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Parker undermines power crisis response

Parker undermines power crisis response

David Parker is undermining the energy industry’s attempts to respond to the electricity crisis with his efforts to play down the seriousness of the situation, says National Party Energy spokesman Gerry Brownlee.

“How seriously will the public take any emergency savings campaign if the Minister says there’s nothing to worry about?

“On one hand you have the winter electricity group’s Patrick Strange saying the situation is keeping him awake at night, and on the other hand you have a Minister saying, crisis? What crisis?

“Just this morning Mr Strange was saying that for every towel rail that’s switched off, that’s a little bit less water drawn out of Pukaki. Yet only this morning, David Parker said people shouldn’t turn off their towel rails.

“The experts are saying one thing and David Parker’s saying another.

“The Minister still refuses to accept the seriousness of the situation. The major plank of his strategy has been to cross his fingers and hope for the best.”

Mr Brownlee says the public should ignore the Minister and embrace the power saving initiatives being promoted by the industry.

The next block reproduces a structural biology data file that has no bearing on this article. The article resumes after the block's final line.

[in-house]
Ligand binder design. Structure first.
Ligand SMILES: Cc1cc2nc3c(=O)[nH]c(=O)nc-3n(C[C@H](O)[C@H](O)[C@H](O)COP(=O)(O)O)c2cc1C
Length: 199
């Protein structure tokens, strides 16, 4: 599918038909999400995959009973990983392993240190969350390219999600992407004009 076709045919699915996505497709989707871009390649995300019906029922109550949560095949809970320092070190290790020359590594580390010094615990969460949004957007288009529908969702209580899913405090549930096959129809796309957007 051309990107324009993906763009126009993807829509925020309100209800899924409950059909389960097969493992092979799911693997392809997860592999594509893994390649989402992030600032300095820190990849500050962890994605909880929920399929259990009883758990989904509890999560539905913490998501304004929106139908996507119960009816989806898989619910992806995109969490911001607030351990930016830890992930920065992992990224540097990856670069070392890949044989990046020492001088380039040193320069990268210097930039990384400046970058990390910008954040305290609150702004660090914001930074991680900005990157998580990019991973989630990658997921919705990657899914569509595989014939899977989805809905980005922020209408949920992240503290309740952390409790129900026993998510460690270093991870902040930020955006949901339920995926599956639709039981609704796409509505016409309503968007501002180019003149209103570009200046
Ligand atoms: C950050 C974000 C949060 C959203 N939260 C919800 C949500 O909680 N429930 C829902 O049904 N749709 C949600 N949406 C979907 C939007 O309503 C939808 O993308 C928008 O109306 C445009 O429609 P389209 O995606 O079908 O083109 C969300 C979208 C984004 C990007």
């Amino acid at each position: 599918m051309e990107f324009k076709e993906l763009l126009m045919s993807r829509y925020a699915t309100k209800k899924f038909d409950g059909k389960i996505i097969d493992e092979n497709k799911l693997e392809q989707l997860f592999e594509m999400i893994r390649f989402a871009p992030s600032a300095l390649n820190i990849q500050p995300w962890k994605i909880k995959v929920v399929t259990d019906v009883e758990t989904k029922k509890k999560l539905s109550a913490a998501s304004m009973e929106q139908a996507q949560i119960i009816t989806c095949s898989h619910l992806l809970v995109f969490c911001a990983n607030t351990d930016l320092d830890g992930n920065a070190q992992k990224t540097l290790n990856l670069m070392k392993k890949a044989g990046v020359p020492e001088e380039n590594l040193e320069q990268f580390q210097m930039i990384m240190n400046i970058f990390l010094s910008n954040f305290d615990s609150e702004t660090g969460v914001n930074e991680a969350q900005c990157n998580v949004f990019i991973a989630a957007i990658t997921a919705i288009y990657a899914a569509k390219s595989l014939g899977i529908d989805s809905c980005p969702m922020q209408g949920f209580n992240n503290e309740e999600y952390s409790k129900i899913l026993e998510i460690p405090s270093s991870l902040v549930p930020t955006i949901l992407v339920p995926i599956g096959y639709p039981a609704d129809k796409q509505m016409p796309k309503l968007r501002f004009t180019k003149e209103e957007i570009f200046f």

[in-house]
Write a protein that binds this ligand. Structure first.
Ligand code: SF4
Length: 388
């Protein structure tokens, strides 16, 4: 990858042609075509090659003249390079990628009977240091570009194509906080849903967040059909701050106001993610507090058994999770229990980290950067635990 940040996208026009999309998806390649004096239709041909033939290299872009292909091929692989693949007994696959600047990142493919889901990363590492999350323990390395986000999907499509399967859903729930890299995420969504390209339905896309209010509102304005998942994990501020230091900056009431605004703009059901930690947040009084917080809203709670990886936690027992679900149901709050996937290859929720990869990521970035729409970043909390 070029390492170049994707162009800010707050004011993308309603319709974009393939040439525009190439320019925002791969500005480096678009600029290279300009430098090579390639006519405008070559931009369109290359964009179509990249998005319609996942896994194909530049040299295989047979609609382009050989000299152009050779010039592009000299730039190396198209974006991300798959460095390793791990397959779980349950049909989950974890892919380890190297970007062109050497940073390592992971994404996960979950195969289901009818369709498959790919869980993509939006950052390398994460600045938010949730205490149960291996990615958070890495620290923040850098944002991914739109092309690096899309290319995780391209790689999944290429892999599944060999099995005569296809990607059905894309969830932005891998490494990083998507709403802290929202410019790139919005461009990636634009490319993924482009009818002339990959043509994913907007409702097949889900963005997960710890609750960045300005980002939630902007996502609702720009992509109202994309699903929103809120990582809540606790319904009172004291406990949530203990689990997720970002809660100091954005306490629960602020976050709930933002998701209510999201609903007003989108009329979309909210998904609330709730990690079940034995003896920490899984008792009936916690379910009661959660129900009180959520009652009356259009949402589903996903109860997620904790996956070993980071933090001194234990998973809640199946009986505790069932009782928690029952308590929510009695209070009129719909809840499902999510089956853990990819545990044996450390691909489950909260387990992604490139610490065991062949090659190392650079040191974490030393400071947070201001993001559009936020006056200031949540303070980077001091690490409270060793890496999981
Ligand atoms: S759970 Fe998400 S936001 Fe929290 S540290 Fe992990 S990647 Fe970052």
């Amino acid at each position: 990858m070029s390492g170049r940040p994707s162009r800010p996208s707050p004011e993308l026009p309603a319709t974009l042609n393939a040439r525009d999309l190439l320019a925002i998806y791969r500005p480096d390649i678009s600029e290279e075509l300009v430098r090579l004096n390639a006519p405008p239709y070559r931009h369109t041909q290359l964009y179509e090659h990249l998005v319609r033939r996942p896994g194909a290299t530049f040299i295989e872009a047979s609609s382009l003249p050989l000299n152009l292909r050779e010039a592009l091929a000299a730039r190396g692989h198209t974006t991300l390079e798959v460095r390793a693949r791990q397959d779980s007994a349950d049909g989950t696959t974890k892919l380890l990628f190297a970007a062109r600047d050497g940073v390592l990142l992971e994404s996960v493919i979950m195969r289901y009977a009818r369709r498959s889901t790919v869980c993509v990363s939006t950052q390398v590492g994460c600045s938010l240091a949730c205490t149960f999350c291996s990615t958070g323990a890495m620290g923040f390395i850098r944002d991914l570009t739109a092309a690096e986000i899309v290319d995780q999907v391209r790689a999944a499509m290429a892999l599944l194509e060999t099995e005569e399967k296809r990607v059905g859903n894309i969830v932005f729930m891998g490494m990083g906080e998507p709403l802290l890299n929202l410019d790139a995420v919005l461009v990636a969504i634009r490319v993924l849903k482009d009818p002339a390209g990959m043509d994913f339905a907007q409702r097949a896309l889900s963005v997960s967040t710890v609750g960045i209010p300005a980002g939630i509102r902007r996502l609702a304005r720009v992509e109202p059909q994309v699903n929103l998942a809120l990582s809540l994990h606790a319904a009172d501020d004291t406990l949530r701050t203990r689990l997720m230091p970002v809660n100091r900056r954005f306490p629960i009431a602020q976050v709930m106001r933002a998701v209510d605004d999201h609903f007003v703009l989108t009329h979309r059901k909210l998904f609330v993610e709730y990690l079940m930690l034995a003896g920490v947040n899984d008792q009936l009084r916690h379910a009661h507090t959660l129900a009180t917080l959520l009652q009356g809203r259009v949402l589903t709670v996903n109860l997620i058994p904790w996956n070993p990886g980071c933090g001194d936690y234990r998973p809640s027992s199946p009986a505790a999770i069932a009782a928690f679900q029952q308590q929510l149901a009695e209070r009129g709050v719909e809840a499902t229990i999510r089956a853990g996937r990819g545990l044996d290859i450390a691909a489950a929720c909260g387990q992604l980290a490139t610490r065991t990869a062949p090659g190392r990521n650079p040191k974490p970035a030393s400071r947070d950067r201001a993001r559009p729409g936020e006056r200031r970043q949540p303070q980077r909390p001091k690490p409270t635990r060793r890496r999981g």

“During the 2001, and 2003 crises New Zealand was well into an emergency plan by this stage of the year and Kiwis were rising to the challenge of saving electricity.

“The Labour Government is cynically refusing to accept any responsibility for a major security of supply scare because it is election year. Labour has completely failed in its nine years to future proof the industry and clearly they don’t want to be part of any future solution, when it appears the 1-in-60 dry year crises are occurring every few years.

“The only way we will get through is because we’re relying on a broken down Cook Strait cable, a retired plant in New Plymouth, and the diesel guzzling emergency generator at Whirinaki.

“Energy Minister David Parker doesn’t wasn’t to deal with any of this stuff, so the public should ignore him and save what they can.”


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